The Government’s Growth Plan following Kwasi Kwartengs disastrous mini budget included some major tax measures. However, many of these measures were then reversed or scrapped in October 2022, following the huge reaction in the markets and economically.
Some of the tax measures announced in the Growth Plan however, do remain in place and will affect landlords and the property market as a whole. The Growth plan did lead to many mortgage lenders pulling deals from the market and hugely affected landlords.
The growth plan has severely affected the property market, with rising interest rates and some mortgage providers significantly affecting the number of mortgage deals on offer. With the buy-to-let market already under strain and many landlords pulling out of the market, as the ongoing credit crunch continues to bite, how is the property market affected? In this blog, we look at how the growth plan and subsequent government changes and announcement will affect landlords and the property market as a whole.
The housing market in 2023
Rising interest rates and the cost of living crisis are now hitting hard on housing markets and the housing sector is struggling, according to data from some of the major banks and building societies.
UK rents are expected to rise 4% in 2023, driven by an ongoing imbalance between rental demand, the housing supply requirements and market supply in rental properties.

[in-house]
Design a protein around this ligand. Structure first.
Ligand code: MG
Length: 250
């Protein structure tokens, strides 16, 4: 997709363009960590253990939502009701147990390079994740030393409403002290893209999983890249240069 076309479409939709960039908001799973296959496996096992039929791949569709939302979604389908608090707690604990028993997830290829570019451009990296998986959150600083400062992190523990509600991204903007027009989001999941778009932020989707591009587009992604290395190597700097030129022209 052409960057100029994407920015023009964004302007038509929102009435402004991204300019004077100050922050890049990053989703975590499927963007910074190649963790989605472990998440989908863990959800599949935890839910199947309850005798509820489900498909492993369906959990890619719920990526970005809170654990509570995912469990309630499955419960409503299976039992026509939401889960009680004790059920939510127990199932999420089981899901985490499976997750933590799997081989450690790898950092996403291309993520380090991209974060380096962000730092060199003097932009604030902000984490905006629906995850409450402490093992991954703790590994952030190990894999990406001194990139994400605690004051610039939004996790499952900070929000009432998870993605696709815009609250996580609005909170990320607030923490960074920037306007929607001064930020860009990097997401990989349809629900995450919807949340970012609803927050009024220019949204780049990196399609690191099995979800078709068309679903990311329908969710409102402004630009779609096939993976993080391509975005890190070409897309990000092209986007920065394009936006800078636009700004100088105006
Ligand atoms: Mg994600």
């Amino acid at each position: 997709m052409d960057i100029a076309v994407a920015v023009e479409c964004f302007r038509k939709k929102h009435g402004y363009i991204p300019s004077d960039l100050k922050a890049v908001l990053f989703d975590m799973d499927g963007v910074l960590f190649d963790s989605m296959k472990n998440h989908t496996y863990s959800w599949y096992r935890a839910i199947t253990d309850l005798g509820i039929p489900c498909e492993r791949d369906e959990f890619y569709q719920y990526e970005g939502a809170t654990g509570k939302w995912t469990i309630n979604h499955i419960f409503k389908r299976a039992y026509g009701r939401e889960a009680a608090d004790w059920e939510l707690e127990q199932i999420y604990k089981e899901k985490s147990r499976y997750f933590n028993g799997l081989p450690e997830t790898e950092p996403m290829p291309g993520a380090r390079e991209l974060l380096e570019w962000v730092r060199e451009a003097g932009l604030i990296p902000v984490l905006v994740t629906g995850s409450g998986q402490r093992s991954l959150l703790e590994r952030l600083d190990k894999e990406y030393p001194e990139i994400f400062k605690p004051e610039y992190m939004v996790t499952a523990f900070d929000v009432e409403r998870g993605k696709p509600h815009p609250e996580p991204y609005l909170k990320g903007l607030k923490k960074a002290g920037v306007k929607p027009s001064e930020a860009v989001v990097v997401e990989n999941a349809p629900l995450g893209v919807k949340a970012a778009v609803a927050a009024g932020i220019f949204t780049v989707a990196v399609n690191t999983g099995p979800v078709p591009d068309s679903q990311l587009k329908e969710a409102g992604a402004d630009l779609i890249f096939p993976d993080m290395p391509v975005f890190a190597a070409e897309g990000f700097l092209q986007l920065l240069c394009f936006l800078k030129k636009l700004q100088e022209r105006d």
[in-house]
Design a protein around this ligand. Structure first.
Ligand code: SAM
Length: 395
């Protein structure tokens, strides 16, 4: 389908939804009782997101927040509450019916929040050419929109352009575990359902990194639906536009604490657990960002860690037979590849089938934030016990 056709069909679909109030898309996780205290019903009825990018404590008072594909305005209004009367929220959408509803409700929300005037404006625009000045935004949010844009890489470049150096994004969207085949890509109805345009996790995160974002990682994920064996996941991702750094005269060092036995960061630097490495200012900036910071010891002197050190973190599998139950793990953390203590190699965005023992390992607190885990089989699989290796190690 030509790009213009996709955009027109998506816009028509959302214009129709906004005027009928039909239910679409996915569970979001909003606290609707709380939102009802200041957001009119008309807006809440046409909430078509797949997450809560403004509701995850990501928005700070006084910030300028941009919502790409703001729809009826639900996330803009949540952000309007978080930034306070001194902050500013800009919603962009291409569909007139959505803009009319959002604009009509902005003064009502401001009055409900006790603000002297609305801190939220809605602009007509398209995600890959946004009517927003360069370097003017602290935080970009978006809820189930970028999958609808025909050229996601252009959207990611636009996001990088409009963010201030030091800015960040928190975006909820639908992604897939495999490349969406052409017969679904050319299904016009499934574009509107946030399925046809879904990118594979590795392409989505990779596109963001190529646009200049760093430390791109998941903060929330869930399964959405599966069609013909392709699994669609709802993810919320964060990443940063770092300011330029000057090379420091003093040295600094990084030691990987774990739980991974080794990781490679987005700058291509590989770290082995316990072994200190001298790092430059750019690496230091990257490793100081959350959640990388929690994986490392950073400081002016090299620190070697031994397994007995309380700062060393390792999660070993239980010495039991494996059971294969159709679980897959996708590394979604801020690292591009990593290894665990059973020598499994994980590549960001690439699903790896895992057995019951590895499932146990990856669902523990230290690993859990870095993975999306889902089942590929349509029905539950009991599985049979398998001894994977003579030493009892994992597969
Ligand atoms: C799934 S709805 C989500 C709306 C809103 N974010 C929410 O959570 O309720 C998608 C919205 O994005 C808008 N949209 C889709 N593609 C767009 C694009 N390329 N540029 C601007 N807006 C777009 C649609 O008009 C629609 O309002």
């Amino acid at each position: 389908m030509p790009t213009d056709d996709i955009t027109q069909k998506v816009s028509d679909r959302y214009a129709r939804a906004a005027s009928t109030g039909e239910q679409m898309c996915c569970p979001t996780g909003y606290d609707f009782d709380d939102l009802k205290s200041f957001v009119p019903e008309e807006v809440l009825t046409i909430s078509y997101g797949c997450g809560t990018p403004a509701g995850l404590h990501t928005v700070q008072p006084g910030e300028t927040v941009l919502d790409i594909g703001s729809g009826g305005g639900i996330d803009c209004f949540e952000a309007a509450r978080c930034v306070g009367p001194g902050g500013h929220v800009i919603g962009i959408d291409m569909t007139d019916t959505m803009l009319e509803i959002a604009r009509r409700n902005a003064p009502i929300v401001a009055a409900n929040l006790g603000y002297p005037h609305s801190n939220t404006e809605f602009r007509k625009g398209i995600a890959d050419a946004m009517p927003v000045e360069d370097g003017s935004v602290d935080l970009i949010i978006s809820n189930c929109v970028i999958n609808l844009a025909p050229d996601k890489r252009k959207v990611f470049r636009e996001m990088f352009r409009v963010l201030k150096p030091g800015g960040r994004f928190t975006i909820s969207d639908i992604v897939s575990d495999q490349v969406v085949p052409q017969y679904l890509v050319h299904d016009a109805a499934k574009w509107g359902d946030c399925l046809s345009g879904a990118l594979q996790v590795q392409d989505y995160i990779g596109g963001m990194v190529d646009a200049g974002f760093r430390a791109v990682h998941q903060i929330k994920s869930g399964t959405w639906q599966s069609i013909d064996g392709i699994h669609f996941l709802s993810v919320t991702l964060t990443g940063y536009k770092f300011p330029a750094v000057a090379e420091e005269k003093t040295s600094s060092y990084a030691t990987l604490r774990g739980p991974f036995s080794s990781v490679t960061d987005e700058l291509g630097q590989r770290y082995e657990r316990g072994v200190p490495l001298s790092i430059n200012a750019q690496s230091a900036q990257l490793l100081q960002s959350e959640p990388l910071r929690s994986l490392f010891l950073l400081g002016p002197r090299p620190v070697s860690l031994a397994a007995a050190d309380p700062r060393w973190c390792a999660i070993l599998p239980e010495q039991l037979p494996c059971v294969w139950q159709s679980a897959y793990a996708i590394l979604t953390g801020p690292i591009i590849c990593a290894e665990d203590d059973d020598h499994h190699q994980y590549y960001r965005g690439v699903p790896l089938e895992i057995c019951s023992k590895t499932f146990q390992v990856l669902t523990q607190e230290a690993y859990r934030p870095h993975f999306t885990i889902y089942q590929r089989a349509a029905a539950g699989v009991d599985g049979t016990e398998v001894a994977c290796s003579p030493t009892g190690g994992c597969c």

Average house prices have dropped at the beginning of 2023. UK house prices are predicted to drop 6% before recovering in 2024. Falls are set to range from around 4% in Greater London and 5% in Scotland, to around 8% in Wales, the north east and Yorkshire & The Humber.
But the outlook for the UK’s city centres is much brighter. House prices are expected to grow in many of these areas, eclipsing the wider housing market.
Some landlords, particularly well-financed ones, could take lower house prices as an opportunity to purchase some properties at potentially reduced prices.
The rental market 2023
Rising demand for rental properties is set to continue in 2023. The cost of living crisis, low wages and high mortgage rates a will mean some people may delay from buying their first home. The end of Help to Buy Scheme in March may also lead to some people staying in the rental market for longer.
What is the governments growth plan?
The Growth Plan 2022 makes growth the government’s central economic mission, setting a target of reaching a 2.5% trend rate. However, with the UK in the middle of a cost of living crisis and currently facing a period of high inflation, increasing strikes, high mortgage rates and rising taxes, you’d be forgiven for thinking that the growth plan isn’t working for much of the UK landlord and business community.
2023 continues to see fewer mortgage products available, and buy to let mortgages are now more expensive than before.
Many landlords will face a large increase in mortgage payments, and landlords with borrowings should urgently review when their fixed rate period ends.
Buy-to-let lenders have amended their lending criteria, meaning that a property will need to generate greater rental income than previously in order to demonstrate that mortgage and other financial commitments will be met.
This means that if you are about to re-mortgage or purchase a buy-to-let property, you should consider your ratio of deposit, equity and mortgage needs for the property early in the process.
Rates have slightly dropped since Jeremy Hunt became Chancellor. His changes to the original mini-budget and growth plan, have restored some market confidence, and interest rates may begin to fall in 2023.
A significant change for Landlords is the changes in the stamp duty regime. From 23rd September 2022, the Government increased the threshold above which Stamp Duty Land Tax (SDLT) must be paid on the purchase of residential properties in England and Northern Ireland from £125,000 to £250,000.